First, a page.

Track 12 - Sweet Dreams
I don't know if Ryan would call himself a hopeless romantic, but I say that this song proves that he is. Think "slow dancing in the moonlight" kind of romance. Ideally in 1950s prom attire, with romantic string lights overhead. It's late and everyone is sleepily leaning their heads on each other's shoulders, and it's summer and all the stars are out and you can feel the grass beneath your bare feet. In that situation, this is the song that would be playing in the background.

Here's my only non-glowing thought about the album. "Rise and Shine" FEELS like a closing track. It feels like the note the album should end on. But "Sweet Dreams" sort of does, too. Maybe it's because of my powerful experience hearing "Rise and Shine" for the first time, but it felt strange to hear another song afterwards. But "Sweet Dreams" is so good that it does NEED to be on the album. I just don't know where it should be. Maybe between "Thanks A Lot" and "What Might Be"? "Sweet Dreams" is a good note to end on, but it doesn't feel quite as final as "Rise and Shine." I ain't no record producer, so my opinion can be totally disregarded. And my track order issue here isn't so glaring that it distracts me from adoring the album.

Closing thoughts:
This album is summery and folksy and wonderful. Part of my love for it is deeply tied to my affection for Jon and Ryan as people, I admit. But even that affection aside, this album stands on its own two feet. I'm a huge fan of Midas Whale, and when "Sugar House" comes out, do yourself a favor and buy it. Then put it in your car and drive around on a few back roads as you listen to it, and look out across the snowy fields and be grateful for wonderful music.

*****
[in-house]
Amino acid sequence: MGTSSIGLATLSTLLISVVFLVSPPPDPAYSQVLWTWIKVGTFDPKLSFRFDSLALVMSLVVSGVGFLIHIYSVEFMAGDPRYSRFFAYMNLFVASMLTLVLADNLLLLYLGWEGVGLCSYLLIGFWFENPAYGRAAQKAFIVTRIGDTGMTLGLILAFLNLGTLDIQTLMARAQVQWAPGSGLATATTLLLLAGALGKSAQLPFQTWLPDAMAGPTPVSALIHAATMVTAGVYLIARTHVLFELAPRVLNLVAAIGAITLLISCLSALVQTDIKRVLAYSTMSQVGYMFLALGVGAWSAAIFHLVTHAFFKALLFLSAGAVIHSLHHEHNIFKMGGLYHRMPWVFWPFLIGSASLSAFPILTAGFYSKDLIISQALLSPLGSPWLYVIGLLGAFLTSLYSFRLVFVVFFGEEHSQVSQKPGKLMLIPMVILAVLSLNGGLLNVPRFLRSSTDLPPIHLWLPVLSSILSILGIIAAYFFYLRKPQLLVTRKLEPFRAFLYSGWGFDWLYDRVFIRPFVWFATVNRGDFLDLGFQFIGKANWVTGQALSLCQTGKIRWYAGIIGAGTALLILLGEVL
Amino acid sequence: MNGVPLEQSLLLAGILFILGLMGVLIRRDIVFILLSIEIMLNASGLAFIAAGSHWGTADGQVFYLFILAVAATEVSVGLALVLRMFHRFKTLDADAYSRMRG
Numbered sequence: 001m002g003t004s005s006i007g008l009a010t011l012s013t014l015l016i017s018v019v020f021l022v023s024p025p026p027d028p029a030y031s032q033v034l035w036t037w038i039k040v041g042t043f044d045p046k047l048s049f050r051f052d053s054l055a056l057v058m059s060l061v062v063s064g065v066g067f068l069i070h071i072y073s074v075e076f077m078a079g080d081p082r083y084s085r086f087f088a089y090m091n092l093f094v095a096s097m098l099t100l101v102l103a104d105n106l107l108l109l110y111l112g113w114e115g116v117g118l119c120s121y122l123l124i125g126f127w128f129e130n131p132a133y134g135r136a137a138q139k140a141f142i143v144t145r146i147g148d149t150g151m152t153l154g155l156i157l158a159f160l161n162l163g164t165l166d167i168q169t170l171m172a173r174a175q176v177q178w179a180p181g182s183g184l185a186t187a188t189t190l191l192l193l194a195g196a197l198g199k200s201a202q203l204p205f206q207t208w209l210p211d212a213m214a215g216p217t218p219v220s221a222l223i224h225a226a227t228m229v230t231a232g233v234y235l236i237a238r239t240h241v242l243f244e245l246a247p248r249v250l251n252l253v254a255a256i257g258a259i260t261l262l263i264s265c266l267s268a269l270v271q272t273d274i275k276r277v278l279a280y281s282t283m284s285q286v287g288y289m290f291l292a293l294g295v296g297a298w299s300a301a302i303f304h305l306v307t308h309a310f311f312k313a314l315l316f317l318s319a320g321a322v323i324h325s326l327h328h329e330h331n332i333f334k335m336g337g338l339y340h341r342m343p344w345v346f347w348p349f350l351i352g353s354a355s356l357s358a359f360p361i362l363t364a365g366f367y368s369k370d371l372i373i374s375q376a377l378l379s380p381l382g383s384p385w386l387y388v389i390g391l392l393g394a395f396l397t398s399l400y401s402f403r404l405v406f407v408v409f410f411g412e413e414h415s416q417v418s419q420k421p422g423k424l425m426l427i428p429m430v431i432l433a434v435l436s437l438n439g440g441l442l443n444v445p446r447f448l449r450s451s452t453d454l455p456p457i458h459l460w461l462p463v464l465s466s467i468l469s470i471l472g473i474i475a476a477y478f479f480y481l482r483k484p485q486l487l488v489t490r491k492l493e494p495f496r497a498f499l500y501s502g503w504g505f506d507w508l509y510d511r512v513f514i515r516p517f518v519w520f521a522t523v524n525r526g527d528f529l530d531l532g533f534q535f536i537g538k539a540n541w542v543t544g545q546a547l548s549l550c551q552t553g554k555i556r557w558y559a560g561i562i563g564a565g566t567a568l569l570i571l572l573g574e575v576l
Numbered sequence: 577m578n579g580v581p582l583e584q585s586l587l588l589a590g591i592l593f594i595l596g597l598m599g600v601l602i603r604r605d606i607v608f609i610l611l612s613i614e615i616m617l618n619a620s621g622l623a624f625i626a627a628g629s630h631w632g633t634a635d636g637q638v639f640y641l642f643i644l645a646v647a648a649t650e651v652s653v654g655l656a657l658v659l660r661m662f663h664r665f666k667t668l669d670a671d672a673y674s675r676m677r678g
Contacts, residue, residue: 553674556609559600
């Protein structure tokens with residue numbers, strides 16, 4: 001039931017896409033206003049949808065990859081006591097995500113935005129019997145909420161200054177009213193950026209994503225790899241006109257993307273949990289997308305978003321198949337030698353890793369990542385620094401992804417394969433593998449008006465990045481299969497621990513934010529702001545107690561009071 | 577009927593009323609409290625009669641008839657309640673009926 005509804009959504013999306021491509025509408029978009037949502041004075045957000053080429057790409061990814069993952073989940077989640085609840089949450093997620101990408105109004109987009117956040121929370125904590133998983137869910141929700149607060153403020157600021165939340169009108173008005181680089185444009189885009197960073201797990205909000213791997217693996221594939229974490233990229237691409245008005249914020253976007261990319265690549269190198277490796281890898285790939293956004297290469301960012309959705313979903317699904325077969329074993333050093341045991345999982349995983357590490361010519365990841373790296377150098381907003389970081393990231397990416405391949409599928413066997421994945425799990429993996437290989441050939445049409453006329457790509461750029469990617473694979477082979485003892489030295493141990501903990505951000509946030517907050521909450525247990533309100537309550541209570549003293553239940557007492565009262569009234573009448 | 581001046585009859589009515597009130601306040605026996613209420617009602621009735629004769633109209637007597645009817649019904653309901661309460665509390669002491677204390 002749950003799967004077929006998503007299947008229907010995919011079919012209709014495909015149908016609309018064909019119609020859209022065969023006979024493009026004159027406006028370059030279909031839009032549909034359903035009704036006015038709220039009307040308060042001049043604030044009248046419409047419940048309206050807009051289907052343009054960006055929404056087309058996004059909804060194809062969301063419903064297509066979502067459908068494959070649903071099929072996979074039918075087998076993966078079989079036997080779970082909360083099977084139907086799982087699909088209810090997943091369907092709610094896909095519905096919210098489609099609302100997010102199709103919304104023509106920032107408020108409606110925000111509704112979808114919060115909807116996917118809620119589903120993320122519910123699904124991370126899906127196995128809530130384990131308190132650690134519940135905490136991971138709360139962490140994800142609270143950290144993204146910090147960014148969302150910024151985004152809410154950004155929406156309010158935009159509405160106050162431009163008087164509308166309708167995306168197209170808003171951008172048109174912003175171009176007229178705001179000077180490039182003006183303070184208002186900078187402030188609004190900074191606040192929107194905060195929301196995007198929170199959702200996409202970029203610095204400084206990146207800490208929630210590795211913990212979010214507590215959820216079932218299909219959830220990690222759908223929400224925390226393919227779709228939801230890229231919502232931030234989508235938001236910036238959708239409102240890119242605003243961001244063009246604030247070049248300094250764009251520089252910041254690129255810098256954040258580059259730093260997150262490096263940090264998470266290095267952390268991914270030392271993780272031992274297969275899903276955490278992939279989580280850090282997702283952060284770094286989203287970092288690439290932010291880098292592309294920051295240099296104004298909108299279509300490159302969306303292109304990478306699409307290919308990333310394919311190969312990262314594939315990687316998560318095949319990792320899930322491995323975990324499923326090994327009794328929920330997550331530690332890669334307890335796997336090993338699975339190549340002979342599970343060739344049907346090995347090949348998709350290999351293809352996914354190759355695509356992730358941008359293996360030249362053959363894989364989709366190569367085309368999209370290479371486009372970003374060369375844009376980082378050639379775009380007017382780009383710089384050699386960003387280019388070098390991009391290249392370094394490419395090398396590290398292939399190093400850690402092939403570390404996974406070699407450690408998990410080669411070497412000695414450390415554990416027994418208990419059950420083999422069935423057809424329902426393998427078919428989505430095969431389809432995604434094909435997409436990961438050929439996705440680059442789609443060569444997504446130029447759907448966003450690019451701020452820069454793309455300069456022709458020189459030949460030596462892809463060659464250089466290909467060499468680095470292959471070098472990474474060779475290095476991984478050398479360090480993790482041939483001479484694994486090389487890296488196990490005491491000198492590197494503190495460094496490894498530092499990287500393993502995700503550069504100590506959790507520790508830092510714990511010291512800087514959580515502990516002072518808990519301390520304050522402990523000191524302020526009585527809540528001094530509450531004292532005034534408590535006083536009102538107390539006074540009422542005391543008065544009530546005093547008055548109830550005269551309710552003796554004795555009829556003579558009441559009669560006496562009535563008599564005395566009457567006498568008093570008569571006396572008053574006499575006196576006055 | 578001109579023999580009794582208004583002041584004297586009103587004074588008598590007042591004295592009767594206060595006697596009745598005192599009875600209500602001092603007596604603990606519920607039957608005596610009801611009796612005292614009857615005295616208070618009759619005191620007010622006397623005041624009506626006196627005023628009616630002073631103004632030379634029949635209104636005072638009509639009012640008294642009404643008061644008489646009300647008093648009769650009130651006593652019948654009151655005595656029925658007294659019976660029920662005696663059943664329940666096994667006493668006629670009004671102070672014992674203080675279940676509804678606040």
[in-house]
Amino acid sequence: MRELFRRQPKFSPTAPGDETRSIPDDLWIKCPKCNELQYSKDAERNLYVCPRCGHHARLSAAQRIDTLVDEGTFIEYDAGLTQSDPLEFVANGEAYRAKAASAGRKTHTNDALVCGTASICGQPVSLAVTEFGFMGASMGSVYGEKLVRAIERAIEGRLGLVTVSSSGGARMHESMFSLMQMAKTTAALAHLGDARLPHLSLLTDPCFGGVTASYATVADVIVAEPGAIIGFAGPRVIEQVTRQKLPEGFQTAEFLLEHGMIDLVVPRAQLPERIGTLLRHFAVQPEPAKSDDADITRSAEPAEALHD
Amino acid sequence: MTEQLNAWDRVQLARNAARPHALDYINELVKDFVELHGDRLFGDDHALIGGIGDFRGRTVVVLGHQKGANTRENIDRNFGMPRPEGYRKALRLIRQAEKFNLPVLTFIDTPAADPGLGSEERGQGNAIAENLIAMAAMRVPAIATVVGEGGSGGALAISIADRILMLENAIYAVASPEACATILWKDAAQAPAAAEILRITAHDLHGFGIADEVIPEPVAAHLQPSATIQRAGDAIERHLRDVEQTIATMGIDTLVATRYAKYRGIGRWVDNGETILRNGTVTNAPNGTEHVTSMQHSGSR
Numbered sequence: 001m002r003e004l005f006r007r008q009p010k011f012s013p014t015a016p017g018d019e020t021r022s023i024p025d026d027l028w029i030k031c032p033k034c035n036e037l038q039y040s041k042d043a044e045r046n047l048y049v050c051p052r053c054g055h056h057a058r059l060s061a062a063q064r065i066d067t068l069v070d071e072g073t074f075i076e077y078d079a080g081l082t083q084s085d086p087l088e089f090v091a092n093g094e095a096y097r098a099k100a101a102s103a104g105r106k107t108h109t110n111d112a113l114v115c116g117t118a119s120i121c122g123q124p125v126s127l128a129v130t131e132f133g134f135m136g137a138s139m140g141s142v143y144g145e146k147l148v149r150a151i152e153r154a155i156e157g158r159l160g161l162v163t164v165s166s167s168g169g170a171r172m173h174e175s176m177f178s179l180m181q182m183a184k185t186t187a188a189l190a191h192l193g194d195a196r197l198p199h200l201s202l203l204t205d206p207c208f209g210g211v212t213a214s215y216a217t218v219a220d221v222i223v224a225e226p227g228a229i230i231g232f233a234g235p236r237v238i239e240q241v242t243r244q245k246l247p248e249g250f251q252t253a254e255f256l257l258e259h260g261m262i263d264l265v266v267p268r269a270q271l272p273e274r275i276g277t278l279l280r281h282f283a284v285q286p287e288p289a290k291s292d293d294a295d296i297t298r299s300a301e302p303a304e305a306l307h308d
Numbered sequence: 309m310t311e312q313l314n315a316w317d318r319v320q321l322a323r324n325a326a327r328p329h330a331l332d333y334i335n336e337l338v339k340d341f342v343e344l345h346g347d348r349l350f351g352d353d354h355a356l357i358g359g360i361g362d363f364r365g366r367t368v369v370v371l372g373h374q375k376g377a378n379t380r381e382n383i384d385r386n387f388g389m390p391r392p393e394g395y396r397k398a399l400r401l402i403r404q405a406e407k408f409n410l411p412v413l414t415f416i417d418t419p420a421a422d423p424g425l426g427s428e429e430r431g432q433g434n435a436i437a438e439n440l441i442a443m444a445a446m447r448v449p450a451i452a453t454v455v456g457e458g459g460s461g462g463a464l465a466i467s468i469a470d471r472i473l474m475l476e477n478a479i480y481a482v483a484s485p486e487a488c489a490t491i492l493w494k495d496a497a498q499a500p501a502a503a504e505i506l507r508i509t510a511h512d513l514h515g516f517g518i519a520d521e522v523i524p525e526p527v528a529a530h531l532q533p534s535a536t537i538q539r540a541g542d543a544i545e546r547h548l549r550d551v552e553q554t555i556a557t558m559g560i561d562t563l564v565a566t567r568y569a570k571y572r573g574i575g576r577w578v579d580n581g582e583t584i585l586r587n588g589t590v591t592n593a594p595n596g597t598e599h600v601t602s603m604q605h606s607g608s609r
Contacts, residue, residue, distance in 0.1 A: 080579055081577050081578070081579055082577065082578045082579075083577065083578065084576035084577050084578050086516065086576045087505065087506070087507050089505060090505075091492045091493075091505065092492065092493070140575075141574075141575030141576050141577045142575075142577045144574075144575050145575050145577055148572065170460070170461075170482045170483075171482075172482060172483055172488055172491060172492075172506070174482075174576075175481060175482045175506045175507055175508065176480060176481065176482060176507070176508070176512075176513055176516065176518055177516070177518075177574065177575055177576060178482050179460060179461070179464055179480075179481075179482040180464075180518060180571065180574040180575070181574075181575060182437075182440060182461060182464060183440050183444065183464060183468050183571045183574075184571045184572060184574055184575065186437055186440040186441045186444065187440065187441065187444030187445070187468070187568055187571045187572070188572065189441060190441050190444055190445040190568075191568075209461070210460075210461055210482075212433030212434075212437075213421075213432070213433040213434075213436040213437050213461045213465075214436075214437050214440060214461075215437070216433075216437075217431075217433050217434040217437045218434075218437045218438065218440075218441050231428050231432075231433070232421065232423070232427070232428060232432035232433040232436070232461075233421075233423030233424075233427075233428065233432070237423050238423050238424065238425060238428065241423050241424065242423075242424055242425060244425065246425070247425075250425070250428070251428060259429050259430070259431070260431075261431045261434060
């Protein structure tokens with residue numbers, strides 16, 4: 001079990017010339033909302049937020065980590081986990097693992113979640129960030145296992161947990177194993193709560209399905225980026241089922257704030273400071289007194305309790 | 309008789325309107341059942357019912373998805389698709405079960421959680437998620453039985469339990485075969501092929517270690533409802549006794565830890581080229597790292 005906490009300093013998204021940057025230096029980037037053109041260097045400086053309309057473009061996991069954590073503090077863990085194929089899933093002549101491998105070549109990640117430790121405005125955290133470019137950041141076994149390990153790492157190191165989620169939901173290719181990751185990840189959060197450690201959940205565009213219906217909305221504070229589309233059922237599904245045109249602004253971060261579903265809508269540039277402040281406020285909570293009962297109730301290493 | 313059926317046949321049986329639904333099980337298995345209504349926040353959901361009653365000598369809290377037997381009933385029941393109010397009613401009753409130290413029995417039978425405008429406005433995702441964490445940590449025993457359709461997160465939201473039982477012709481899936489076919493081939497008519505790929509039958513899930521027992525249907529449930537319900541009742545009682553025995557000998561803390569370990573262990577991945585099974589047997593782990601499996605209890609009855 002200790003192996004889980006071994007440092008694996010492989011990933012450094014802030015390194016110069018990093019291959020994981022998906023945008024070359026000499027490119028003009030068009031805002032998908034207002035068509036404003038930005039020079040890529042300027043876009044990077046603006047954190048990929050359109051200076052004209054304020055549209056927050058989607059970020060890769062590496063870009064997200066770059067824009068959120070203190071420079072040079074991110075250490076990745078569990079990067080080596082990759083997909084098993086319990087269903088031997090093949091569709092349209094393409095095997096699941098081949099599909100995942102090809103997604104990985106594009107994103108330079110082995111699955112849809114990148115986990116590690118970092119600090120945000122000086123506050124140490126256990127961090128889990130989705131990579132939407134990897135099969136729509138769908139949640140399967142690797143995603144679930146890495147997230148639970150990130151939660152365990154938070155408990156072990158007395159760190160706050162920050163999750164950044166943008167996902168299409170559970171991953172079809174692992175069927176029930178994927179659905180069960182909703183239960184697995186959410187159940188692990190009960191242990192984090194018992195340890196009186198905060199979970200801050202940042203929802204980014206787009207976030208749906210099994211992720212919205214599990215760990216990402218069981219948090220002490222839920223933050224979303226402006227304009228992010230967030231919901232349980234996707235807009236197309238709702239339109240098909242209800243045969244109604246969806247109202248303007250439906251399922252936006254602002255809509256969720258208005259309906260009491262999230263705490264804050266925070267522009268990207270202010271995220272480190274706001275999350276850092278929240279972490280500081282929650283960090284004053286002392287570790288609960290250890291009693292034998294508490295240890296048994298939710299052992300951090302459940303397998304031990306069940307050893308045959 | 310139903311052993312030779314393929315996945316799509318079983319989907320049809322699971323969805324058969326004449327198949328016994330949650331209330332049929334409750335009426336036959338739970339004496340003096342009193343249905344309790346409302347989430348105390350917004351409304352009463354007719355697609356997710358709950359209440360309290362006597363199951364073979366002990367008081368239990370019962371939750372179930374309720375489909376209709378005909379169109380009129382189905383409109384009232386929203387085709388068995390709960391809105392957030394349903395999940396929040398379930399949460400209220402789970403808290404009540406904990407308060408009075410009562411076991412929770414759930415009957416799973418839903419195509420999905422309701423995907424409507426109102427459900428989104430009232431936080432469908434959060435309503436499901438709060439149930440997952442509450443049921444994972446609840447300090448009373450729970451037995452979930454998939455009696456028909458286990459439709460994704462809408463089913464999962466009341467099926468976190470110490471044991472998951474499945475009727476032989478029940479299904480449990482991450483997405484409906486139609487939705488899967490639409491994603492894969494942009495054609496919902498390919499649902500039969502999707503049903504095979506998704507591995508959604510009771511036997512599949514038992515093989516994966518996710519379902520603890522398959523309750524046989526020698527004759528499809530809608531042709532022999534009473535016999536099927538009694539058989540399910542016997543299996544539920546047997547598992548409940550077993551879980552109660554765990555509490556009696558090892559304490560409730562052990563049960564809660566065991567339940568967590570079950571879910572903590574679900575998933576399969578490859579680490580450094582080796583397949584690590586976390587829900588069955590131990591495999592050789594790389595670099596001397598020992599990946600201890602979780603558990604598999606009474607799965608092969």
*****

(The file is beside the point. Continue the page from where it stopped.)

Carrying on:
**I met Jon years and years ago, when he visited the Playmill in 2006. At one point, we were talking and his gum fell out of his mouth and landed on my shoe and he looked at me and said, "Well, we're friends forever now." We lost touch for a few years until Deep Love was born, and our friendship was renewed. I met Ryan because of Deep Love, I think? He did a songwriting workshop with Garrett Sherwood that Jacob set up, and Jacob and I were in a rock opera that his sister wrote, and I've helped out with Deep Love for the past few years. We've just sort of been in briefly intersecting circles for years, but I'm a big Ryan fan.